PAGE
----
--------------------------------------------------------------------------------

: : Production of Milk and Milkfat 2/

: Number :-------------------------------------------------------

Year : of : Per Milk Cow : Percentage : Total

:Milk Cows 1/:-------------------: of Fat in All :------------------

: : Milk : Milkfat : Milk Produced : Milk : Milkfat

--------------------------------------------------------------------------------

: 1,000 Head --- Pounds --- Percent Million Pounds

:

1993 : 9,589 15,704 575 3.66 150,582 5,514.4

1994 : 9,500 16,175 592 3.66 153,664 5,623.7

1995 : 9,461 16,451 602 3.66 155,644 5,694.3

--------------------------------------------------------------------------------

1/ Average number during year, excluding heifers not yet fresh.

2/ Excludes milk sucked by calves.

Features:

  • Percentage of digit chars

  • Percentage of alpha chars

  • Indented

  • Contains 5+ consecutive spaces

  • Whitespace in this line aligns with prev.

  • ...

  • Conjunctions of all previous features, time offset: {0,0}, {-1,0}, {0,1}, {1,2}.


Table extraction experimental results l.jpg
Table Extraction Experimental Results

[Pinto, McCallum, Wei, Croft, 2003 SIGIR]

Line labels,

percent correct

Table segments,

F1

HMM

65 %

64 %

Stateless

MaxEnt

85 %

-

D error

= 85%

D error

= 77%

CRF w/out

conjunctions

52 %

68 %

CRF

95 %

92 %


Ie from research papers l.jpg
IE from Research Papers

[McCallum et al ‘99]


Ie from research papers32 l.jpg
IE from Research Papers

Field-level F1

Hidden Markov Models (HMMs) 75.6

[Seymore, McCallum, Rosenfeld, 1999]

Support Vector Machines (SVMs) 89.7

[Han, Giles, et al, 2003]

Conditional Random Fields (CRFs) 93.9

[Peng, McCallum, 2004]

D error

40%


Main point 2 l.jpg
Main Point #2

Conditional Random Fields were more accurate in practice than a generative model

... on a research paper extraction task,

... and others, including

- a table extraction task

- noun phrase segmentation

- named entity extraction

- …


Outline34 l.jpg
Outline

a

  • The need for unified IE and DM.

  • Review of Conditional Random Fields for IE.

  • Preliminary steps toward unification:

    • Joint Co-reference Resolution(Graph Partitioning)

    • Joint Labeling of Cascaded Sequences (Belief Propagation)

    • Joint Segmentation and Co-ref (Iterated Conditional Samples.)

  • Conclusions

a


Ie in context l.jpg
IE in Context

Create ontology

Spider

Filter by relevance

IE

Segment

Classify

Associate

Cluster

Database

Load DB

Documentcollection

Train extraction models

Query,

Search

Data mining

Prediction

Outlier detection

Decision support

Label training data


Ie in context36 l.jpg
IE in Context

Create ontology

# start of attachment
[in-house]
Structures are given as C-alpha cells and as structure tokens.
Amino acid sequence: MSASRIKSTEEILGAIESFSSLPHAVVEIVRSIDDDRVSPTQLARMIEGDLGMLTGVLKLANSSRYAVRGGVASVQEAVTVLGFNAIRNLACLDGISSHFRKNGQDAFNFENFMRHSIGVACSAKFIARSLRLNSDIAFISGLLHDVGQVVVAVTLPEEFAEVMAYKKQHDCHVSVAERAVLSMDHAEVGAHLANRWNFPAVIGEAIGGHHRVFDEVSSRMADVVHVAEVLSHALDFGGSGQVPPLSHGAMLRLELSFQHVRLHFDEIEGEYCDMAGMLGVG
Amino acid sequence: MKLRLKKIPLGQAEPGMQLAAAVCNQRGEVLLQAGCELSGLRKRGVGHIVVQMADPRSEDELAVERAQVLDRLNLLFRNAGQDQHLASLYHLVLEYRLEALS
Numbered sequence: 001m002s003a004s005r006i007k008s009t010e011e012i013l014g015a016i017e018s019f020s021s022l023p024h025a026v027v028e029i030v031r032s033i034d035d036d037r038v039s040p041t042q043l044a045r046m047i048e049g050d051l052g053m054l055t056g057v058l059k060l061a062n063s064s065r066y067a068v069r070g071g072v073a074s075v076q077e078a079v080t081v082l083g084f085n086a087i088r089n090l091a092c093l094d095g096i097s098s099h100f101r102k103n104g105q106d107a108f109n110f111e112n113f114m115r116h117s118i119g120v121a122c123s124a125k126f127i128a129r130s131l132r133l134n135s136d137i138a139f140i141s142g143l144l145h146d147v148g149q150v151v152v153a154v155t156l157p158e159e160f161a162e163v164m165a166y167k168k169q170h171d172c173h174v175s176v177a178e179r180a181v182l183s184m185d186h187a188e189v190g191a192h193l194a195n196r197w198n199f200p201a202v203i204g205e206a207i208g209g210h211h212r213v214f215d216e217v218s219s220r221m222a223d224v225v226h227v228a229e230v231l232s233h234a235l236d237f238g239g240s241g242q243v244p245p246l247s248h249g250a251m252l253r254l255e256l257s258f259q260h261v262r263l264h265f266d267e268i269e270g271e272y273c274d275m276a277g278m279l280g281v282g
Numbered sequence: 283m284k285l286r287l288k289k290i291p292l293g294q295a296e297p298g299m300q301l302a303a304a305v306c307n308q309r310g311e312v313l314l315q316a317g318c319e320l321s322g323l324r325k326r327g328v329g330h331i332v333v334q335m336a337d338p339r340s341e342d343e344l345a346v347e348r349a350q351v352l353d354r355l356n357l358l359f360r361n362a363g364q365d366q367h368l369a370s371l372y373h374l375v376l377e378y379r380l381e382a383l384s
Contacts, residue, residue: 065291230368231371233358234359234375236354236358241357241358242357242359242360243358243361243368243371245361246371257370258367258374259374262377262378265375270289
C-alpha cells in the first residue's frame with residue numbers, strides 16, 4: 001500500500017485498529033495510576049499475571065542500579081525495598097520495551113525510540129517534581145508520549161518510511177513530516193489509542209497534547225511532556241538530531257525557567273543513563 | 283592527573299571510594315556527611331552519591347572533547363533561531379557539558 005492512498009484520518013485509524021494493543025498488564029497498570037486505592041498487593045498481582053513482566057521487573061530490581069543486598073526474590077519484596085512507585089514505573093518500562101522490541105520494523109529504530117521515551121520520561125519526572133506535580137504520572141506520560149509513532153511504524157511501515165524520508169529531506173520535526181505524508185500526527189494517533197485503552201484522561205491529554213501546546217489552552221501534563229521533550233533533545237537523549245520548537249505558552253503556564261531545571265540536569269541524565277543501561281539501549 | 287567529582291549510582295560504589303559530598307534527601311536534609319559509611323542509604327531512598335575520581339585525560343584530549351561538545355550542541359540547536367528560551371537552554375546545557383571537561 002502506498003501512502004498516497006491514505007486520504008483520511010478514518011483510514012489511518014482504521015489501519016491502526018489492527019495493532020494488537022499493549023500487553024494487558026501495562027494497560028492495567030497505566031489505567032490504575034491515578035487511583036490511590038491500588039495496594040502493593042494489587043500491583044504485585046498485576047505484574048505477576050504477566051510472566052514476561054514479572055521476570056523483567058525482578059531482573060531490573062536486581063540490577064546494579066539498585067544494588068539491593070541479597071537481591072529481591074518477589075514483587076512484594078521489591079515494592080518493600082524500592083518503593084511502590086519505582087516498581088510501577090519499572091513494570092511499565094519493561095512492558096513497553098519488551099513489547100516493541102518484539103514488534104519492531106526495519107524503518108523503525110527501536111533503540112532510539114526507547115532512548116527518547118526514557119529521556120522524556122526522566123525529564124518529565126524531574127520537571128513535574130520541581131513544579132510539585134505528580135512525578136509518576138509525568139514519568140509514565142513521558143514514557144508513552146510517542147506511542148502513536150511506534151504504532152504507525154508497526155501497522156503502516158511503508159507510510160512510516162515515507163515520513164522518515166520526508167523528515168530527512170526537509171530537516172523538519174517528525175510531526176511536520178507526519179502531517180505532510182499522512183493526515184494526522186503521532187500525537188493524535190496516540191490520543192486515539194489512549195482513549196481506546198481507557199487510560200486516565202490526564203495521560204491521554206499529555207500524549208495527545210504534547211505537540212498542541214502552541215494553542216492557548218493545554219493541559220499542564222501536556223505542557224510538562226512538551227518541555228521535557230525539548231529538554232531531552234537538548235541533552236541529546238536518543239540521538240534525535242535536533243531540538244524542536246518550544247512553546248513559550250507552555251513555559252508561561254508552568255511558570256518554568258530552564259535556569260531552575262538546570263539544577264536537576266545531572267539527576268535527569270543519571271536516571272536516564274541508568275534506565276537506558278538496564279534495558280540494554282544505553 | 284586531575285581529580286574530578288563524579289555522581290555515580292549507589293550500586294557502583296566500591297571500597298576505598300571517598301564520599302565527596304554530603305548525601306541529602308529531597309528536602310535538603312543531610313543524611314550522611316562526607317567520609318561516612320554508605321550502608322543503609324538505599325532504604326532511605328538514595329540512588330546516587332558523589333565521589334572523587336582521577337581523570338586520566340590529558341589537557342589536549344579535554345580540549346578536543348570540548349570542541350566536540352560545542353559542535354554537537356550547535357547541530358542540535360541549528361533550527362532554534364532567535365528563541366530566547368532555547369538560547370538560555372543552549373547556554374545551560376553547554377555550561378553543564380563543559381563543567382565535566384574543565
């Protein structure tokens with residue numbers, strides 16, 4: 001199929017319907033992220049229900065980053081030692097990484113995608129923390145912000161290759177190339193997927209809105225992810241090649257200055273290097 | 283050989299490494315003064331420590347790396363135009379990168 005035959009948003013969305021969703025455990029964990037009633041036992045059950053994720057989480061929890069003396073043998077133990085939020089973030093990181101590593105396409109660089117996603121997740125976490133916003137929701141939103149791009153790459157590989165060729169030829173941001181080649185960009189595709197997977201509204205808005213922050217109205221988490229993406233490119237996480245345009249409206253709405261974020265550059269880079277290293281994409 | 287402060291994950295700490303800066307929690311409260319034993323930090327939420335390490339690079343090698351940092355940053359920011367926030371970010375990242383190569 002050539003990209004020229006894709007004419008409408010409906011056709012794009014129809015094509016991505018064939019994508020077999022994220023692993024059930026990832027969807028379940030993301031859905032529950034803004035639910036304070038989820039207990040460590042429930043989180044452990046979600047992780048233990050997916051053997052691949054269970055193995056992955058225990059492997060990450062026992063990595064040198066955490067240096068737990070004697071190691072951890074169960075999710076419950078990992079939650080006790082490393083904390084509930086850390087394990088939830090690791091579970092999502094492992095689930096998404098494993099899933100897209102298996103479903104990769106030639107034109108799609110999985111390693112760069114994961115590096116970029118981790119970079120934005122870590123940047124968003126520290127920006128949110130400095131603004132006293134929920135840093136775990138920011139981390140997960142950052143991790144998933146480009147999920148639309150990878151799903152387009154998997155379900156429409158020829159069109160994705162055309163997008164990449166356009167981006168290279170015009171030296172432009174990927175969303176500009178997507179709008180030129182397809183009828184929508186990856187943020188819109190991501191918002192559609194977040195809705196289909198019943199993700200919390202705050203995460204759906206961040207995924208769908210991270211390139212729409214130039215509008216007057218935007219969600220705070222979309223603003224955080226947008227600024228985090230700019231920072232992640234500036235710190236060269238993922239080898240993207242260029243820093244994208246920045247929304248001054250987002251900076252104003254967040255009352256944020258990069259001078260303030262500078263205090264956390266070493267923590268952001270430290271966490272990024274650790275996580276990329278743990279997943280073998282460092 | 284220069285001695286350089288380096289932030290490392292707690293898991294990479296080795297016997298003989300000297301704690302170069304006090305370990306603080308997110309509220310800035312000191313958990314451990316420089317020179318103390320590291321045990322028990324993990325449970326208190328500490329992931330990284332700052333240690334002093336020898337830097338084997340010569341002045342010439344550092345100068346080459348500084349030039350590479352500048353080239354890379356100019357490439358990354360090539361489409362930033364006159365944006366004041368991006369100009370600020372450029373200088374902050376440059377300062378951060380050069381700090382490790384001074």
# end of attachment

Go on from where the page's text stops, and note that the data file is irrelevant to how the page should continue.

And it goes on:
Spider

Filter by relevance

IE

Segment

Classify

Associate

Cluster

Database

Load DB

Documentcollection

Train extraction models

Query,

Search

Data mining

Prediction

Outlier detection

Decision support

Label training data


Coreference resolution l.jpg
Coreference Resolution

AKA "record linkage", "database record deduplication",

"citation matching", "object correspondence", "identity uncertainty"

Output

Input

News article,

with named-entity "mentions" tagged

Number of entities, N = 3

#1

Secretary of State Colin Powell

he

Mr. Powell

Powell

#2

Condoleezza Rice

she

Rice

#3

President Bush

Bush

Today Secretary of State Colin Powell met with . . . . . . . . . . . . . . . . . . . . . . . . .

. . . . . . . . . . . . . . . . . . . . . . . . he . . . . . .

. . . . . . . . . . . . . Condoleezza Rice . . . . .

. . . . Mr Powell . . . . . . . . . .she . . . . . . .

. . . . . . . . . . . . . . Powell . . . . . . . . . . . .

. . . President Bush . . . . . . . . . . . . . . . .

. . . . . . . . . . . . . . . . . . Rice . . . . . . . . . .

. . . . . . Bush . . . . . . . . . . . . . . . . . . . . .

. . . . . . . . . . . . . . . . . . . . . . . . . . .

. . . . . . . . . . . . . . . . . . . . . . . . .


Inside the traditional solution l.jpg
Inside the Traditional Solution

Pair-wise Affinity Metric

Mention (3)

Mention (4)

Y/N?

. . . Powell . . .

. . . Mr Powell . . .

N Two words in common 29

Y One word in common 13

Y "Normalized" mentions are string identical 39

Y Capitalized word in common 17

Y > 50% character tri-gram overlap 19

N < 25% character tri-gram overlap -34

Y In same sentence 9

Y Within two sentences 8

N Further than 3 sentences apart -1

Y "Hobbs Distance" < 3 11

N Number of entities in between two mentions = 0 12

N Number of entities in between two mentions > 4 -3

Y Font matches 1

Y Default -19

OVERALL SCORE = 98 > threshold=0


The problem l.jpg
The Problem

Pair-wise merging

decisions are being

made independently

from each other

. . . Mr Powell . . .

affinity = 98

Y

. . . Powell . . .

N

affinity = -104

They should be made

in relational dependence

with each other.

Y

affinity = 11

. . . she . . .

Affinity measures are noisy and imperfect.